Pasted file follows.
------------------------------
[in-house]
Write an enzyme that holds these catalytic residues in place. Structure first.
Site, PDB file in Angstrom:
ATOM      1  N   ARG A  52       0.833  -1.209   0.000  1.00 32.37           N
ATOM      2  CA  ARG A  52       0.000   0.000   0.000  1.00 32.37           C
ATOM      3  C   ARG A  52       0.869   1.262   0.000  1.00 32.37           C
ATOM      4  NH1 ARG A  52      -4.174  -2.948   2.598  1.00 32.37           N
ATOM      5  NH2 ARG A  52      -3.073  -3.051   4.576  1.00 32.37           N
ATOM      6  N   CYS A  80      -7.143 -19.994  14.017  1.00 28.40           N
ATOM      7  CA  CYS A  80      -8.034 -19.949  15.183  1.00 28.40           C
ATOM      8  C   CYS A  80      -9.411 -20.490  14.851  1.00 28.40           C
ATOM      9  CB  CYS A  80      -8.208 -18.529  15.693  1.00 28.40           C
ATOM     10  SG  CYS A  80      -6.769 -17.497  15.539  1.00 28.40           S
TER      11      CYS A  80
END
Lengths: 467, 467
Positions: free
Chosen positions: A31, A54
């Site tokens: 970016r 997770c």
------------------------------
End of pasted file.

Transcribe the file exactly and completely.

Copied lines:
[in-house]
Write an enzyme that holds these catalytic residues in place. Structure first.
Site, PDB file in Angstrom:
ATOM      1  N   ARG A  52       0.833  -1.209   0.000  1.00 32.37           N
ATOM      2  CA  ARG A  52       0.000   0.000   0.000  1.00 32.37           C
ATOM      3  C   ARG A  52       0.869   1.262   0.000  1.00 32.37           C
ATOM      4  NH1 ARG A  52      -4.174  -2.948   2.598  1.00 32.37           N
ATOM      5  NH2 ARG A  52      -3.073  -3.051   4.576  1.00 32.37           N
ATOM      6  N   CYS A  80      -7.143 -19.994  14.017  1.00 28.40           N
ATOM      7  CA  CYS A  80      -8.034 -19.949  15.183  1.00 28.40           C
ATOM      8  C   CYS A  80      -9.411 -20.490  14.851  1.00 28.40           C
ATOM      9  CB  CYS A  80      -8.208 -18.529  15.693  1.00 28.40           C
ATOM     10  SG  CYS A  80      -6.769 -17.497  15.539  1.00 28.40           S
TER      11      CYS A  80
END
Lengths: 467, 467
Positions: free
Chosen positions: A31, A54
């Site tokens: 970016r 997770c």